I guess my point is perception is everywhere- all the time- an essential life skill.  I wish I could quote some world-renowned expert in the field, but I mostly read fiction.  I trust my first impressions and adjust my perceptions as time passes and I get to know more about those people who impressed me!

The Power of Embracing Perspective

After reading Wal’s story about perception I was struck by his ability and willingness to be open to listening to his friend’s interpretation of the gift that was given.  Despite the fact (reality) that he intentionally crafted this wood-turned Christmas ornament, he was still able to accept that his friend perceived it differently.

I have often heard, and used the phrase, “perception is reality.”  However, as I spent more time thinking and reading about perception, I realized that perception is not reality.  In an article in Psychology Today, Jim Taylor, Ph.D. suggests that, by definition, perception (“The way of regarding, understanding, or interpreting something; a mental impression.”) and reality (“The world or the state of things as they actually exist… existence that is absolute, self-sufficient, or objective, and not subject to human decisions or conventions.”) are not the same.  However, because our perceptions come from a myriad of personal experiences and influences and since these are often strong enough to create a sense of certainty within us, it is may be more accurate to say, perception can (and often does) become an individual person’s reality.  My “reality” isn’t reality.  It’s just a construct of what I believe, based on everything I’ve assimilated over these many years as fact and right and good.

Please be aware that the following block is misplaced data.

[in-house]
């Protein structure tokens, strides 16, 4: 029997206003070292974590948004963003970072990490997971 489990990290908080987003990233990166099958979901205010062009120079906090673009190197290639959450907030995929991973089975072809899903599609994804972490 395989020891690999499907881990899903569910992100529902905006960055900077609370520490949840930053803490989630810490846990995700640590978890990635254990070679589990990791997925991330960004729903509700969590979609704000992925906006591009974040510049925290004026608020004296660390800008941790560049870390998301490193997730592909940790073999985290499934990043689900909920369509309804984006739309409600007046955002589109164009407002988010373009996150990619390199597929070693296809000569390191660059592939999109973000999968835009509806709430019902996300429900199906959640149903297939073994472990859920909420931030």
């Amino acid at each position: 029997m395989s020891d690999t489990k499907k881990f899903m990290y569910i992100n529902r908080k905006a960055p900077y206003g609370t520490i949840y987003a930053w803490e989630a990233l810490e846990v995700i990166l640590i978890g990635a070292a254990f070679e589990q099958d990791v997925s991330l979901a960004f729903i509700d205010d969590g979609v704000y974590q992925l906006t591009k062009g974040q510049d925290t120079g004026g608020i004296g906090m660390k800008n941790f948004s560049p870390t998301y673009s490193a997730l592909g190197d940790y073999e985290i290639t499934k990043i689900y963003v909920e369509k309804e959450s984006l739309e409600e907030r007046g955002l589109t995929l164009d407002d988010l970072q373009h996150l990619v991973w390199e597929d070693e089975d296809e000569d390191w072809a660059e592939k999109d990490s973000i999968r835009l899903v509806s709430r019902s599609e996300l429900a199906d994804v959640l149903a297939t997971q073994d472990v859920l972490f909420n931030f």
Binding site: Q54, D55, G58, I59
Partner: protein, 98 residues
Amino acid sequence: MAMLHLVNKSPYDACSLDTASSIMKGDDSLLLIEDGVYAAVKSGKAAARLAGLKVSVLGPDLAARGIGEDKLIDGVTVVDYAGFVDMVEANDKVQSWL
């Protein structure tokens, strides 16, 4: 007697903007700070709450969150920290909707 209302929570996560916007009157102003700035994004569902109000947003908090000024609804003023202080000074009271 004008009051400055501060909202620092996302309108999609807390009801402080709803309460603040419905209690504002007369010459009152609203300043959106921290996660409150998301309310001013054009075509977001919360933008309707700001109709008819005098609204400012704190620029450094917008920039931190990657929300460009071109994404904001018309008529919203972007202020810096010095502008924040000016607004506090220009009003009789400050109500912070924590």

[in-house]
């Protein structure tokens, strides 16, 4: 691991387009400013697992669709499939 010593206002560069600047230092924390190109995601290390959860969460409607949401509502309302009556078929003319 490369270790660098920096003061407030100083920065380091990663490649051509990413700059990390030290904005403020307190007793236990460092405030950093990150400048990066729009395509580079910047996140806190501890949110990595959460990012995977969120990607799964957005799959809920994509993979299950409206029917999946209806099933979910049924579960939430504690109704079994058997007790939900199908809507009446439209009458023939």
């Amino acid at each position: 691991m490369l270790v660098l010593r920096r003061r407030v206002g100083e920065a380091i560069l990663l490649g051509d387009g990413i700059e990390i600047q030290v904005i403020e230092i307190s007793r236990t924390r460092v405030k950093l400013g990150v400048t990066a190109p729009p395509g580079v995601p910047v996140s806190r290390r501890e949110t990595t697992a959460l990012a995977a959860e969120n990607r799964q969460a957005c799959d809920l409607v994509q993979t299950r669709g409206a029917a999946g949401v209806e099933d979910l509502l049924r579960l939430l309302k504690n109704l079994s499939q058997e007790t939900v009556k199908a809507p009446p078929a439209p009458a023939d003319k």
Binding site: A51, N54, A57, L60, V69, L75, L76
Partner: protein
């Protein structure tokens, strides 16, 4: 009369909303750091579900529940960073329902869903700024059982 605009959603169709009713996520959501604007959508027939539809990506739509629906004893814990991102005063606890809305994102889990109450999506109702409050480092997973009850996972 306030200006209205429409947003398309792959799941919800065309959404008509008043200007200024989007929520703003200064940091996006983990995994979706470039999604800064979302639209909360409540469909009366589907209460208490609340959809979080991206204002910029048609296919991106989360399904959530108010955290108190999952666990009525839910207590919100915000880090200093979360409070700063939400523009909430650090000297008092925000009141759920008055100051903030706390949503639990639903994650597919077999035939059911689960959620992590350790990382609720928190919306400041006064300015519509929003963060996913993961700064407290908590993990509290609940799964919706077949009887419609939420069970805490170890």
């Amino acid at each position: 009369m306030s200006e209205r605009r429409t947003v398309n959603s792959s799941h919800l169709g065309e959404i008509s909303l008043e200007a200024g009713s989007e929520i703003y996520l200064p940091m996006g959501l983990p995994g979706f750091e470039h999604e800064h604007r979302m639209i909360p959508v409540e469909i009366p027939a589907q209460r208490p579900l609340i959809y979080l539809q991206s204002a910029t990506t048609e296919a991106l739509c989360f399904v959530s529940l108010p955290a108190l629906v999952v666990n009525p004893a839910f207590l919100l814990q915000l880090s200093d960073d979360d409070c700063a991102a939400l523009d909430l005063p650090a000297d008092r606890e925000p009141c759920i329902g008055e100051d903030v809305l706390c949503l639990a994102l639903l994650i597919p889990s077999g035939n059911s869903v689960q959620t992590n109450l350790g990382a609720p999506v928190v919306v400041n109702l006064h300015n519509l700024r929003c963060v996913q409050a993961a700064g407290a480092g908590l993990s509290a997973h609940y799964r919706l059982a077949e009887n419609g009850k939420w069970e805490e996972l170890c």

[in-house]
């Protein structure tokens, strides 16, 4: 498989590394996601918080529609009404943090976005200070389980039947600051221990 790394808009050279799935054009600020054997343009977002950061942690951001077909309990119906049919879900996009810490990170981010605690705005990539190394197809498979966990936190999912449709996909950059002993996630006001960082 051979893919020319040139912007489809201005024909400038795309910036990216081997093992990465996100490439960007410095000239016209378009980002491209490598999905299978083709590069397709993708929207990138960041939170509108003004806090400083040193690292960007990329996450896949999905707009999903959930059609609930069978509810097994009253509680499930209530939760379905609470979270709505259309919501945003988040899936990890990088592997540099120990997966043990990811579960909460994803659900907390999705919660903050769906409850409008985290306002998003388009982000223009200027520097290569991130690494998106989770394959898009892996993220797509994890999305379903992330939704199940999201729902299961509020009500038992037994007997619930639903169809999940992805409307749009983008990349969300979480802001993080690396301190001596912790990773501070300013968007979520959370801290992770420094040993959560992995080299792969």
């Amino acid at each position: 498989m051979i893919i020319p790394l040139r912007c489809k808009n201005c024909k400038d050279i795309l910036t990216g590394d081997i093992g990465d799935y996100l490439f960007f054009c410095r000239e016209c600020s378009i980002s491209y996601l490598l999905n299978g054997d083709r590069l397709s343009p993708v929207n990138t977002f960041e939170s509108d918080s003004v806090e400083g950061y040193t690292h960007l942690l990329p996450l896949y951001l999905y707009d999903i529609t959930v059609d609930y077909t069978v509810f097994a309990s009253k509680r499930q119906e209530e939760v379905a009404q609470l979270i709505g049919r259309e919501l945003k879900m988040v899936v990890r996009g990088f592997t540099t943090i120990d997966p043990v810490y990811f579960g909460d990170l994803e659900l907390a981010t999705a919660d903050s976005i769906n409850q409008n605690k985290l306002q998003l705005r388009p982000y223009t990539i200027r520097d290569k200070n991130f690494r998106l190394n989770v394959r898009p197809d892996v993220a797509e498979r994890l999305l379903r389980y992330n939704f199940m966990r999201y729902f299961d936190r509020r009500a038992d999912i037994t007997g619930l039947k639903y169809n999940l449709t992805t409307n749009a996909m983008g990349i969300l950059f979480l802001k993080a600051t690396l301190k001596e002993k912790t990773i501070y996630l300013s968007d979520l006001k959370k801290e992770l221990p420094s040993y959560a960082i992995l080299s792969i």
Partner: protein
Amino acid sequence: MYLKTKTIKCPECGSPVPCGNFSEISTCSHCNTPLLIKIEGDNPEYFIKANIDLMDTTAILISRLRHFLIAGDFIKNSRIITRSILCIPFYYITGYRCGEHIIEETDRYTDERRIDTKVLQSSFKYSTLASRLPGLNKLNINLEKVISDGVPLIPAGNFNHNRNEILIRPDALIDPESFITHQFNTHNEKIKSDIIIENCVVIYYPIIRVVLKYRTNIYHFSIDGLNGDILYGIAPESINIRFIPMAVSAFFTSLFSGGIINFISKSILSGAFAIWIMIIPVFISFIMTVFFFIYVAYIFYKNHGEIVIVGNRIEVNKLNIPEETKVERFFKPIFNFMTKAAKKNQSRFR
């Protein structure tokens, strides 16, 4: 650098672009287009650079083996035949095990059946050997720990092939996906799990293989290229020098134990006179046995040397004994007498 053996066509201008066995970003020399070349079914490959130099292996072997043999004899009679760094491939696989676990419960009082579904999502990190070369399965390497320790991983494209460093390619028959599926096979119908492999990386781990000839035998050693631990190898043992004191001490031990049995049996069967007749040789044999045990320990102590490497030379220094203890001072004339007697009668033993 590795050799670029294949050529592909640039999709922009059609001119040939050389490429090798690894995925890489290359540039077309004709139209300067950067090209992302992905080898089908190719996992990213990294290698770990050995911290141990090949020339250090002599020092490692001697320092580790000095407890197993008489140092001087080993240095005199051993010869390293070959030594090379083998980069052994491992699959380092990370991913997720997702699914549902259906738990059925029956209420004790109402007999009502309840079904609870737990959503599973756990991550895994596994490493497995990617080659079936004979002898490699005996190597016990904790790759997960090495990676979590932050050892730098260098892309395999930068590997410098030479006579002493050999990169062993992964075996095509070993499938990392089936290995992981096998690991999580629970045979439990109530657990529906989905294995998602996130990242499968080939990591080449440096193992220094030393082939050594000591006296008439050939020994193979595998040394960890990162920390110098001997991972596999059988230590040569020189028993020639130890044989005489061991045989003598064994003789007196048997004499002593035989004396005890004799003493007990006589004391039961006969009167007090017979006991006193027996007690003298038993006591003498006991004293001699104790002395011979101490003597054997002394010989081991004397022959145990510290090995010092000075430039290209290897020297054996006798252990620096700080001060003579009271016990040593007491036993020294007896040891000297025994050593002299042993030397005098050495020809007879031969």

Therefore, when one’s beliefs are challenged, ignored, or replaced with another’s opposing thought, it is understandable for the common response to dig in, defend, and spend time creating a convincing argument to help the other see the “error of their ways” and counter with the value of one’s initial viewpoint.  It is my belief that we are seeing this kind of behavior more than ever before.  And, more than ever before, there appears to be less trust, less compromise, and fewer examples of collaboration and community.

But there are a few exceptions! Case in point, Wal who reminds us that despite the inarguable fact that he intentionally made an ornament, he was willing to listen to another’s immediate challenge to his label (his reality) and substitute it with a term/realty of his own.  And, in doing so and by asking questions, Wal was able to understand his friend’s point of view.  Furthermore, he seized the opportunity to think more about art, perspective, and philosophy.  I would venture to say that he likely enhanced his relationship with this friend, as I know few greater needs than the need for people to feel heard.

Wal closes his piece with words worth repeating: